Have you ever wondered why your favourite show starts at 8:03 p.m.? Or have you ever been grateful that you were late getting home but still had time to catch the crowning of another American Idol winner at 9:12 p.m.?
You undoubtedly have noticed that TV show start and end times are odd lately. Back in the day it was a live sporting event or awards show that had unpredictable timing causing the rest of the day’s schedule to be late. I have had a few emails from readers commenting about the weird timing of programming nowadays and unlike the past, the lateness these days is strategically planned.
There are a couple reasons why a show “runs late” – but trust me, things are edited for days so it’s not an excuse that there was too much content to make it a 30-minute or 60-minute show. It’s all about ratings – and ratings equals advertising dollars.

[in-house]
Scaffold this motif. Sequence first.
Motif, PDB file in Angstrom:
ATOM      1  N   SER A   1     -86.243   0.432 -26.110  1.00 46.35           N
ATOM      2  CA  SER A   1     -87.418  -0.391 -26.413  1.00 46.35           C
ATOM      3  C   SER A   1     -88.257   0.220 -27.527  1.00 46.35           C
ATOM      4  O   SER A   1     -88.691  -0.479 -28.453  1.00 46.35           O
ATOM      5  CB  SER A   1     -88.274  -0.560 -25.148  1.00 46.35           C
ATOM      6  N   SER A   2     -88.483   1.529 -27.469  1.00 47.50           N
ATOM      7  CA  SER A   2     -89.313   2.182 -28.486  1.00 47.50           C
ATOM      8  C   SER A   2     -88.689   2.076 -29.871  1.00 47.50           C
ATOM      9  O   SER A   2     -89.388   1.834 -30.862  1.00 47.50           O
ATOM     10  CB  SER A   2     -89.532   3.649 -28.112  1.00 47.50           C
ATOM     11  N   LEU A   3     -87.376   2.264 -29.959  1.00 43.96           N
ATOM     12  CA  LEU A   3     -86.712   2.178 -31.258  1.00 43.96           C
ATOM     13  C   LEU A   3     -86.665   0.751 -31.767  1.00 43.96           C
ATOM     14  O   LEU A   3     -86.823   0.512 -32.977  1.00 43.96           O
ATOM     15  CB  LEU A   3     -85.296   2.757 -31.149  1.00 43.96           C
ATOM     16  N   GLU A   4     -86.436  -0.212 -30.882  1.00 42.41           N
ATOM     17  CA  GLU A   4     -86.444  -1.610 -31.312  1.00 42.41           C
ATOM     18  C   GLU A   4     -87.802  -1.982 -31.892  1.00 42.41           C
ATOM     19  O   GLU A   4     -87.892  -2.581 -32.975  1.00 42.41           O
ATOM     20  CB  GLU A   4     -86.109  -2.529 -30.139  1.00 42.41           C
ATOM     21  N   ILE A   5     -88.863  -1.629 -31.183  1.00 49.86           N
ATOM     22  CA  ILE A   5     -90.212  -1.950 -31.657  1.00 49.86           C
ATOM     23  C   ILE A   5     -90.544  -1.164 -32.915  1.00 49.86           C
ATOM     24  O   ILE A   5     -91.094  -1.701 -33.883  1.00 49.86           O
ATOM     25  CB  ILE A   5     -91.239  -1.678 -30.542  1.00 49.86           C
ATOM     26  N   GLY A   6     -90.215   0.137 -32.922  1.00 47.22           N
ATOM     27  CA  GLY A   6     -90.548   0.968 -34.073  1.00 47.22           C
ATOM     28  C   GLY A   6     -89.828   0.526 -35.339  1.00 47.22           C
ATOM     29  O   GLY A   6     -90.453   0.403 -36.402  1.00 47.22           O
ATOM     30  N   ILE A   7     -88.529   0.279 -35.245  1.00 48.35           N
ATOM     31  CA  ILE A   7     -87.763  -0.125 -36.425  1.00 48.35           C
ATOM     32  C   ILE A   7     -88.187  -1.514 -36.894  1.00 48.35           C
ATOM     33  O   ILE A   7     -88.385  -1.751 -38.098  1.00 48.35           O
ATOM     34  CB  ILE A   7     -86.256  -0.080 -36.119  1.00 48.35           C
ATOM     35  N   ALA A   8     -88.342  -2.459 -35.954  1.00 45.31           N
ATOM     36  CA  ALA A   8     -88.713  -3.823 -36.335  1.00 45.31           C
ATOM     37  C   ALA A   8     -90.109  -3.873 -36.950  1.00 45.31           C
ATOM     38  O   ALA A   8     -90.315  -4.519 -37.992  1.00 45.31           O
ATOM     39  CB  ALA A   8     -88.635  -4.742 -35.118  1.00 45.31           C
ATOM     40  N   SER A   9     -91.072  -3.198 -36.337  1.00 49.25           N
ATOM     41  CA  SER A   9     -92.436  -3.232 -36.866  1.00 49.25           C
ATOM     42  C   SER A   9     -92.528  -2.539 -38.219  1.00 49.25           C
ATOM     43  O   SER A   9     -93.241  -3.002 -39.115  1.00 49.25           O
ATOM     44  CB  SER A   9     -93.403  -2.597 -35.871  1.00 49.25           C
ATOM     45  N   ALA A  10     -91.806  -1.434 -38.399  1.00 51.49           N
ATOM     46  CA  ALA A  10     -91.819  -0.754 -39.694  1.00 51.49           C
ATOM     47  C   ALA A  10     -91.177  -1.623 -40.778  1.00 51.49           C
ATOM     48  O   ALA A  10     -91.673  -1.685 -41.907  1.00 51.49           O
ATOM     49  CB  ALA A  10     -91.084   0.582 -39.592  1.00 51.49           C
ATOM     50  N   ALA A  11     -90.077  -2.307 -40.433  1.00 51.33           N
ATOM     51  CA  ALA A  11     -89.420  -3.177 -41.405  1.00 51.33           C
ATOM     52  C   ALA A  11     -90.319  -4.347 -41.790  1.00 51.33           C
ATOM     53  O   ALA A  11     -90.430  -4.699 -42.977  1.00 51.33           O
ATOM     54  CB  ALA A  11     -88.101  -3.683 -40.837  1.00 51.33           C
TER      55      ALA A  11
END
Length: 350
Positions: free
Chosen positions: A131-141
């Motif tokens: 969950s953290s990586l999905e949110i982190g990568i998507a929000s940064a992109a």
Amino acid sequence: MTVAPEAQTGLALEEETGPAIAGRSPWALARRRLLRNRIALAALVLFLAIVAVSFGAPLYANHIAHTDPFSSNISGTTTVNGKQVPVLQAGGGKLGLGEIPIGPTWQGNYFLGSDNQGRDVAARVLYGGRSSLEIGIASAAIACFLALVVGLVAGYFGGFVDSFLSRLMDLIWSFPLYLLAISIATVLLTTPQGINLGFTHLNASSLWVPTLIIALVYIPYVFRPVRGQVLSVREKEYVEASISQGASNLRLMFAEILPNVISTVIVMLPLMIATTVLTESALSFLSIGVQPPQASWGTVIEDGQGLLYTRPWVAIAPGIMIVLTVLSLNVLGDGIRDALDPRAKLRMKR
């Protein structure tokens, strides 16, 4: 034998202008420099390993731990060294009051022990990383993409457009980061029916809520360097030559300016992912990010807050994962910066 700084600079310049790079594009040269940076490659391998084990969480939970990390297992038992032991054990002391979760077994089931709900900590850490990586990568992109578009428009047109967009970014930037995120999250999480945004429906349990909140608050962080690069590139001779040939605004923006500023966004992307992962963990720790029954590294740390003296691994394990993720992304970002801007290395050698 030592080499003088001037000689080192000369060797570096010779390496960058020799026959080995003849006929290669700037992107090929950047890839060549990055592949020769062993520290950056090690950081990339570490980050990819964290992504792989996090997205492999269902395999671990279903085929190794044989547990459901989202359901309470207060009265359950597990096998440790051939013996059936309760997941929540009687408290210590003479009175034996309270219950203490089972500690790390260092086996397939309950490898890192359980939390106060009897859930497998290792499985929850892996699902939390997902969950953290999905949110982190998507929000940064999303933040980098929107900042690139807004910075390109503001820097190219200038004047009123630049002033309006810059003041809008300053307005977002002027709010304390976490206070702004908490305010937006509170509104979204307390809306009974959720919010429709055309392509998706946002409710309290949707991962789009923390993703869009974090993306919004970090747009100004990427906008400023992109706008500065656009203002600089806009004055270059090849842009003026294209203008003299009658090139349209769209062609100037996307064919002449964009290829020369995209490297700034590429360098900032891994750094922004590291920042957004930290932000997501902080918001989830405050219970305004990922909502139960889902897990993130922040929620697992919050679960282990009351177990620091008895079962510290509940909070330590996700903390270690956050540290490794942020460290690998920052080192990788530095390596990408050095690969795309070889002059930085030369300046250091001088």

Let’s go back to that example of American Idol. The show, especially a finale, is so over-rehearsed it is unlikely it will run late by a significant amount of time. A minute here or there isn’t uncommon, but it is slated to end well after the top of the hour.
When it comes to TV ratings, those are generally measured by the hour. So if American Idol is garnering millions more viewers than the competition at 8 p.m., the network – in this case Fox – will try to spike the numbers for the next hour causing the following show to have an inflated number. And yes, programmers are hoping you stick with that station because you’ve already missed a big chunk of the shows on other networks.
There is the phrase “having a strong lead in” which means a network’s hit show is used to bait people into watching whatever is next. This could be a new show hoping to have a strong premiere or another popular program that will also have increased viewership leading the network to “win the night.” Naturally a TV network wants to have the highest ratings of the night so it might play with start and end times to ensure it keeps an audience.
But like those in the TV biz are quickly realizing, thanks to digital recording devices we can watch anything anytime so ratings are becoming increasingly difficult to measure, anyway.